Friday, November 24, 2006


Yesterday, Thanksgiving, while waiting for the turkey to cook, we took a walk in the park near our home and were delighted to find the rose garden in full bloom. I brought the camera! This is a panorama shot, but I also got some pics of gorgeous individual blooms. It was a beautiful mild, clear, Arizona fall day. One of many things God provided yesterday to be thankful for.

On or around Thanksgiving I like to reflect upon all the many ways God has blessed me: the air I breathe, the food I eat, the ability to walk and talk and see and hear, friends, family, His word, His Spirit, my place in Christ, my pastor... It's a list I have been reviewing often of late, though, so yesterday I thought I'd reflect instead upon specific things God has done in my life this last year that I'm thankful for.

In going through last year's journal to review, I was astonished by the theme that emerged. A year and a half ago He told me through Bible class that I was going to go down. That it's the only way to grow. That we have to be willing to accept the times of humbling and losing, to lose things, to not get the promotion we wanted, to lose the promotion we'd already gotten, and still know that He is in charge.

And so it's been. As I reviewed my entries I saw the losses I was having to deal with -- the year-long death of my dog, friends, the success of my books in the marketplace, to name the most difficult. There was also very hard, continuous lessons in how to deal with people, how not to surrender control of my life over to them, something I see now I have struggled with for years.

What's amazed me is that in rereading the journal I can see His hand working, and see it clearly. When I turned in the final draft of Shadow Over Kiriath and began to think about working on Return of the Guardian-King, is when I got that first message -- "It's going to be hard, you're going to go down, you have to have suffering and loss in order to learn. There is no other way to learn the things I have for you to learn. Even Jesus learned obedience through suffering."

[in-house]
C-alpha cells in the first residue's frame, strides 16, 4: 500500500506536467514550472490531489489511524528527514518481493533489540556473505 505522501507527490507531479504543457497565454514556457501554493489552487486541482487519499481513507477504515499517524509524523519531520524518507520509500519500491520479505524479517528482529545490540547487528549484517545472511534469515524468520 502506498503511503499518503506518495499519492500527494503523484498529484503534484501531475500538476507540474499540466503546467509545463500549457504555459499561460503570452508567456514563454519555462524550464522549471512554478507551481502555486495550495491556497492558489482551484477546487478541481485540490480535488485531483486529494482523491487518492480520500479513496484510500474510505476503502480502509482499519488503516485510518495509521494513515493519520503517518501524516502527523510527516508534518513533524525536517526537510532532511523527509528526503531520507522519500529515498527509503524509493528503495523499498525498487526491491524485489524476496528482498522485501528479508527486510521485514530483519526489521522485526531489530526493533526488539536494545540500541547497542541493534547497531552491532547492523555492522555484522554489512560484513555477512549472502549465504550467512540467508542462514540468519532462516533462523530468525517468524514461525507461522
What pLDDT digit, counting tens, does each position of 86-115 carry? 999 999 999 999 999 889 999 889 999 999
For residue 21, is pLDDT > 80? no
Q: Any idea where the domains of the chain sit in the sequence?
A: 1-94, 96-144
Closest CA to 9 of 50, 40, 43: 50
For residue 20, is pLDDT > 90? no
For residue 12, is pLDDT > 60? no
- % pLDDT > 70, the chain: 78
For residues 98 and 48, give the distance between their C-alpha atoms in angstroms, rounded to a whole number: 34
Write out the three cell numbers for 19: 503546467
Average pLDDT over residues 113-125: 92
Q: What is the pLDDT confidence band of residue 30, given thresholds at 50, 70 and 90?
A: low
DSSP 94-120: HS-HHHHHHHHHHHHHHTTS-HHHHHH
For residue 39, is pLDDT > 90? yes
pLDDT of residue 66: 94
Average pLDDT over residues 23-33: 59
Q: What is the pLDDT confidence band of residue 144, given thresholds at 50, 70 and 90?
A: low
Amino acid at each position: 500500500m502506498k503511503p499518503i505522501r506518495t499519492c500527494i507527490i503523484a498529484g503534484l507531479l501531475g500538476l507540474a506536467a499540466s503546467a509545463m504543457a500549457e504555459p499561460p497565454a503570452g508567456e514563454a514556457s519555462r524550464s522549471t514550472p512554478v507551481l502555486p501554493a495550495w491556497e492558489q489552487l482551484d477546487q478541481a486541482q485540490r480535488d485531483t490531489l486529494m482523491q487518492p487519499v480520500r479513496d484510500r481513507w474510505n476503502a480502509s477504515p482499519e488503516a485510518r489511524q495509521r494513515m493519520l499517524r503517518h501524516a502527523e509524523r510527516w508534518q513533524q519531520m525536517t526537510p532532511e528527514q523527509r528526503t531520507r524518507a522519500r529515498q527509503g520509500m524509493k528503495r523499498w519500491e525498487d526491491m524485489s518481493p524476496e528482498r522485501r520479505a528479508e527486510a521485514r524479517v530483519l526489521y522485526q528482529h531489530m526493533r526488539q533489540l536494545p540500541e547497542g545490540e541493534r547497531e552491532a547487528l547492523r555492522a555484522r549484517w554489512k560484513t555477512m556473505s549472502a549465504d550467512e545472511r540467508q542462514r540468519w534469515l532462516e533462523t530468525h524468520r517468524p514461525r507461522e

Two months later, when I really began to work on RotGK in earnest, I took Bear to the vet for a puncture wound in his toe and learned about the kidney disease -- he was dying. There was no cure. It would only get worse. That was very hard to take.

Last May, when I received my last royalty statement, and Arena had only sold 24 copies for the period, I was very upset, for I saw that that it was ending. The next day, after much angst and bitter complaint to my friends, the lesson that night was on suffering for blessing and I got the message again. You have to go down. You have to learn to handle undeserved suffering. Without complaint. Without self-pity or bitterness or resentment. You have to learn to handle it with thanksgiving.

We look so many times at the characteristics the Bible says we should have, the way we should be. But love, joy and peace are part of the fruit of the Spirit, not part of the fruit of us. We can't really make ourselves have peace or joy or even real love. He does it. We can't change ourselves, He does it. Through the transforming of our thoughts and minds -- which happens through learning the word combined in many cases with suffering.